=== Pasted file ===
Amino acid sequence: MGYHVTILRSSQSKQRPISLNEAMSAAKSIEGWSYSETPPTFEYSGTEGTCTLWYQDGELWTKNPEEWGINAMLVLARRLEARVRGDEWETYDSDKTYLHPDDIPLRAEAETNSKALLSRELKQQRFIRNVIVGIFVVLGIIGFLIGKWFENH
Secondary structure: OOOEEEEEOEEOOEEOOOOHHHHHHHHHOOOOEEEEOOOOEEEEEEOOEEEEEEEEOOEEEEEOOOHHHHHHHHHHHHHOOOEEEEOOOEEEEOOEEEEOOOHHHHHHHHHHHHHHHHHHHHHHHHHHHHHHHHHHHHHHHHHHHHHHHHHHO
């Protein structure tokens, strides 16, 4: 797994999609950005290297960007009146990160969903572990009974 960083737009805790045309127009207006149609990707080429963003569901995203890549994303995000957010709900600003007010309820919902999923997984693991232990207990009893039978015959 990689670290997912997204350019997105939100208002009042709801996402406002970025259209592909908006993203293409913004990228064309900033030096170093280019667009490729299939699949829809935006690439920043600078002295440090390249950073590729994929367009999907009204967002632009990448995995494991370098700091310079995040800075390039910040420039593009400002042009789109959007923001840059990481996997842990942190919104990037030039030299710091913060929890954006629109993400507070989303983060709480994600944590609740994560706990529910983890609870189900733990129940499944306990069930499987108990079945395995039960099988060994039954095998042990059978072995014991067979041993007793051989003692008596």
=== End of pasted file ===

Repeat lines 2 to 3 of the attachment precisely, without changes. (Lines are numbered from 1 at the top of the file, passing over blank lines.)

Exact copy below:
Secondary structure: OOOEEEEEOEEOOEEOOOOHHHHHHHHHOOOOEEEEOOOOEEEEEEOOEEEEEEEEOOEEEEEOOOHHHHHHHHHHHHHOOOEEEEOOOEEEEOOEEEEOOOHHHHHHHHHHHHHHHHHHHHHHHHHHHHHHHHHHHHHHHHHHHHHHHHHHO
């Protein structure tokens, strides 16, 4: 797994999609950005290297960007009146990160969903572990009974 960083737009805790045309127009207006149609990707080429963003569901995203890549994303995000957010709900600003007010309820919902999923997984693991232990207990009893039978015959 990689670290997912997204350019997105939100208002009042709801996402406002970025259209592909908006993203293409913004990228064309900033030096170093280019667009490729299939699949829809935006690439920043600078002295440090390249950073590729994929367009999907009204967002632009990448995995494991370098700091310079995040800075390039910040420039593009400002042009789109959007923001840059990481996997842990942190919104990037030039030299710091913060929890954006629109993400507070989303983060709480994600944590609740994560706990529910983890609870189900733990129940499944306990069930499987108990079945395995039960099988060994039954095998042990059978072995014991067979041993007793051989003692008596």